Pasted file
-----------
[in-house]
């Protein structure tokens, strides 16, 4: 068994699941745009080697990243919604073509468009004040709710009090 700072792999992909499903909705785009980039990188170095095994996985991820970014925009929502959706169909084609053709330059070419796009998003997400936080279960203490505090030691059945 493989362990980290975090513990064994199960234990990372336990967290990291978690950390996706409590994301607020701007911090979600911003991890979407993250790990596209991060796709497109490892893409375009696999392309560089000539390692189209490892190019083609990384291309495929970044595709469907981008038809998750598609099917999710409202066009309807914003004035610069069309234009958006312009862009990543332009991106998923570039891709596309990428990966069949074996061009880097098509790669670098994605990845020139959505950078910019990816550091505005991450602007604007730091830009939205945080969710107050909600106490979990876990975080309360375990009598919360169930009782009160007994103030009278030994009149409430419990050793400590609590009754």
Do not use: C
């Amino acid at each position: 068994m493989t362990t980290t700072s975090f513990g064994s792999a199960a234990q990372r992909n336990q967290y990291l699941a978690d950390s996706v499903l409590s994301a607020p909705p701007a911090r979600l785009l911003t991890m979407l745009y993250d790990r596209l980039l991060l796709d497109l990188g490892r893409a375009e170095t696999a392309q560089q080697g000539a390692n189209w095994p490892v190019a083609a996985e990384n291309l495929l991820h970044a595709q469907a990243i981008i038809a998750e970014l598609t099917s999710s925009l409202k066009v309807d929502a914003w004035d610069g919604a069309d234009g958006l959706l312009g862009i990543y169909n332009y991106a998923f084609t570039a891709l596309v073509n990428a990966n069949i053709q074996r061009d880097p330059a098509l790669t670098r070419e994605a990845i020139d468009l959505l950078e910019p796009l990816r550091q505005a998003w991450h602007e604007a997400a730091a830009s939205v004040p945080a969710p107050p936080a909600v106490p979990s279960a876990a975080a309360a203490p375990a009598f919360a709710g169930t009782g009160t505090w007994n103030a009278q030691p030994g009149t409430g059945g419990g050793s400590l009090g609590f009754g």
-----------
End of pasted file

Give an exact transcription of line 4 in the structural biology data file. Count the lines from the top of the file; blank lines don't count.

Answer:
């Amino acid at each position: 068994m493989t362990t980290t700072s975090f513990g064994s792999a199960a234990q990372r992909n336990q967290y990291l699941a978690d950390s996706v499903l409590s994301a607020p909705p701007a911090r979600l785009l911003t991890m979407l745009y993250d790990r596209l980039l991060l796709d497109l990188g490892r893409a375009e170095t696999a392309q560089q080697g000539a390692n189209w095994p490892v190019a083609a996985e990384n291309l495929l991820h970044a595709q469907a990243i981008i038809a998750e970014l598609t099917s999710s925009l409202k066009v309807d929502a914003w004035d610069g919604a069309d234009g958006l959706l312009g862009i990543y169909n332009y991106a998923f084609t570039a891709l596309v073509n990428a990966n069949i053709q074996r061009d880097p330059a098509l790669t670098r070419e994605a990845i020139d468009l959505l950078e910019p796009l990816r550091q505005a998003w991450h602007e604007a997400a730091a830009s939205v004040p945080a969710p107050p936080a909600v106490p979990s279960a876990a975080a309360a203490p375990a009598f919360a709710g169930t009782g009160t505090w007994n103030a009278q030691p030994g009149t409430g059945g419990g050793s400590l009090g609590f009754g």